Home 2018-06-07T08:29:06+00:00


Germplasm curators dig into data

With accurate data records and improved data management skills, genebank curators in Africa can more easily share information about traditional vegetables and get a better picture of the overall global status of these important crops.

Going to seed

At the recent 2018 African Seed Trade Association Congress in Cairo, a WorldVeg team finds like-minded companies ready to expand seed choices and increase seed quality for Africa's farmers.

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6-9 May 2019
Taichung, Taiwan

Healthier lives, more resilient livelihoods through greater diversity in what we grow and eat

FRESH! The World Vegetable Center newsletter


RT @CrawfordFund Proud of our conference topic & line-up including @SandroDemaio @EATforum @jessfanzo @GNReport @ACIARCEO @ACIARAustralia Marco Wopereis @go_vegetables Glenn Denning @Columbia @JoannaKP @ICRISAT on ‘Reshaping Ag for Better Nutrition’ 13-14 Aug bit.ly/2t73rcR

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Integrated Nutrient Management workshop at Madanapalle

Every farmer has a “secret recipe” for tomato growing success. An integral part of a high yield is proper tomato plant nutrition. Giving a plant the right nutrition at the right time will not only increase fruit yield, it will also help prevent damage from diseases and pests.

Successful adaptation

With the help of partners, high yielding, disease resistant vegetable lines from WorldVeg have a promising future in Southeast Asia.


The Angkor Salad project funded by the Netherlands Space Office (NSO) focuses on incorporating satellite-derived data to inform and improve agricultural production in selected developing countries.

2018 APSA-WorldVeg Vegetable Breeding Workshop

The Asia & Pacific Seed Association (APSA)/World Vegetable Center Vegetable Breeding Consortium held its second annual workshop on 16-17 May 2018 at WorldVeg headquarters in Shanhua, Taiwan. Fifty-two participants from 32 consortium companies across the region joined 37 WorldVeg staff for discussions, intensive seminars on the Center’s breeding work and other research, and in-field evaluations of tomato, pepper, and cucurbit crops.

Vegetables are humankind’s most affordable source of vitamins and minerals needed for good health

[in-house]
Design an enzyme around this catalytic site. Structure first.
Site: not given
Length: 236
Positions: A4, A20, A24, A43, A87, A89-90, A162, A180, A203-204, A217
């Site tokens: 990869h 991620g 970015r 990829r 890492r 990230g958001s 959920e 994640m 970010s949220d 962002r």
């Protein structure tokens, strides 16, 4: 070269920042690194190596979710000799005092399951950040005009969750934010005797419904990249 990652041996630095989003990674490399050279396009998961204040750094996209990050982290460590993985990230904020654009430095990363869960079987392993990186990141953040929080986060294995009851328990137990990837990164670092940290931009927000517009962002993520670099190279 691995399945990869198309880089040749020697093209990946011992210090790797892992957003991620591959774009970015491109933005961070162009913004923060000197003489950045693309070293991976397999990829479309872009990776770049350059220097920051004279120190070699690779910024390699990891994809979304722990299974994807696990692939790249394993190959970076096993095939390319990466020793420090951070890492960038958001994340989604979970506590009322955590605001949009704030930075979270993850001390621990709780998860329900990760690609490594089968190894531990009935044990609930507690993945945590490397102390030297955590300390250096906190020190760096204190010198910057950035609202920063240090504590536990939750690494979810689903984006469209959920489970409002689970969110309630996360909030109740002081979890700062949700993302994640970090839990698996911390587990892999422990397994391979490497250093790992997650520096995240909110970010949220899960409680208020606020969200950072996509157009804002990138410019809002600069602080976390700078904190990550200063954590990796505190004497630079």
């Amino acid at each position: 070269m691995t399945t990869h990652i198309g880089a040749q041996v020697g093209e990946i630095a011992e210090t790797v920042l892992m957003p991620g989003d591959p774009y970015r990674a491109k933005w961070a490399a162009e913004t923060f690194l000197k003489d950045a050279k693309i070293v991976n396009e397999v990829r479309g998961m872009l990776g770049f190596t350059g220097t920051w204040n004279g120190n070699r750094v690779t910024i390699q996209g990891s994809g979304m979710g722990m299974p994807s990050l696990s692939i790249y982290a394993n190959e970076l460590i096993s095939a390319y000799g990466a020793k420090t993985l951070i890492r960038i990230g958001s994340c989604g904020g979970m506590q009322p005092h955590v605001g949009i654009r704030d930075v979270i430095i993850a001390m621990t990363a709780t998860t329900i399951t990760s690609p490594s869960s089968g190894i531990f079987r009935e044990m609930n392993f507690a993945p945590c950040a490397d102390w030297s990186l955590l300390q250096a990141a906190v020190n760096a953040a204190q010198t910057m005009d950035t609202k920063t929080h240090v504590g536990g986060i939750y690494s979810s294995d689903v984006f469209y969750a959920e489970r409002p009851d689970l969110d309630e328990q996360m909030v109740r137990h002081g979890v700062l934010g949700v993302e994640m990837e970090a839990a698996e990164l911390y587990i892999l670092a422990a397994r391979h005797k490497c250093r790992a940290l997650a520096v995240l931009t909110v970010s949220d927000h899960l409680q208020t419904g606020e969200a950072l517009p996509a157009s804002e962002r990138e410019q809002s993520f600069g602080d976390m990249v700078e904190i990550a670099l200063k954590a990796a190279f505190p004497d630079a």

Tapping the economic and nutritional power of vegetables

Vegetables are increasingly recognized as essential for food and nutrition security, yet neither the economic nor nutritional power of vegetables is sufficiently realized. To tap the economic power of vegetables, governments will need to increase their investment in farm productivity (including improved varieties, alternatives to chemical pesticides, and the use of protected cultivation), good postharvest management, food safety, and market access. To tap the nutritional power of vegetables, consumers need to know how vegetables contribute to health, and find them at affordable prices or be able to grow them themselves.


Abdoulaye T, Wossen T, Awotide B. 2018. Impacts of improved maize varieties in Nigeria: Ex-post assessment of productivity and welfare outcomes. FOOD SECURITY 10(2):369-379. http://dx.doi.org/10.1007/s12571-018-0772-9

Ahiakpa JK, Magdy M, Werner O, Amoatey HM, Yeboah MA, Appiah AS, Quartey EK, Ros RM. 2018. Intra-specific variation in West African and Asian germplasm of okra (Abelmoschus spp L.). ANNALS OF AGRICULTURAL SCIENCES 62(2):131-138. http://dx.doi.org/10.1016/j.aoas.2017.08.002

Barchenger DW, Lamour KH, Bosland PW. 2018. Challenges and strategies for breeding resistance in Capsicum annuum to the multifarious pathogen, Phytophthora capsici. FRONTIERS IN PLANT SCIENCE 9:628. http://dx.doi.org/10.3389/fpls.2018.00628

Bindumadhava H, Sharma L, Nair RM, Nayyar H, Riley JJ, Easdown W. 2018. High-temperature-tolerant mungbean (Vigna radiata L.) lines produce better yields when exposed to higher CO2 levels. JOURNAL OF CROP IMPROVEMENT, online. http://dx.doi.org/10.1080/15427528.2018.1439132

Djoumessi Y, Afari-Sefa V, Kamdem CB, Bidogeza JC. 2018. Socio-economic and institutional factors underlying efficiency of smallholder vegetable farms in Southwest region of Cameroon. INTERNATIONAL JOURNAL OF SOCIAL ECONOMICS 45(1):93-106. http://dx.doi.org/10.1108/IJSE-09-2016-0256

Gramzow A, Sseguya H, Afari-Sefa V, Bekunda M, Lukumay PJ. 2018. Taking agricultural technologies to scale: experiences from a vegetable technology dissemination initiative in Tanzania. INTERNATIONAL JOURNAL OF AGRICULTURAL SUSTAINABILITY, online. http://dx.doi.org/10.1080/14735903.2018.1473103

Kansiime MK, Ochieng J, Kessy R, Karanja D, Romney D, Afari-Sefa V. 2018. Changing knowledge and perceptions of African indigenous vegetables: The role of community-based nutritional outreach. DEVELOPMENT IN PRACTICE 28(4):480-493. http://dx.doi.org/10.1080/09614524.2018.1449814

Makamto Sobgui C, Fezeu LK, Diawara F, Diarra H, Afari-Sefa V, Tenkouano A. 2018. Predictors of poor nutritional status among children aged 6–24 months in agricultural regions of Mali: A cross-sectional study. BMC NUTRITION 4:18. http://dx.doi.org/10.1186/s40795-018-0225-z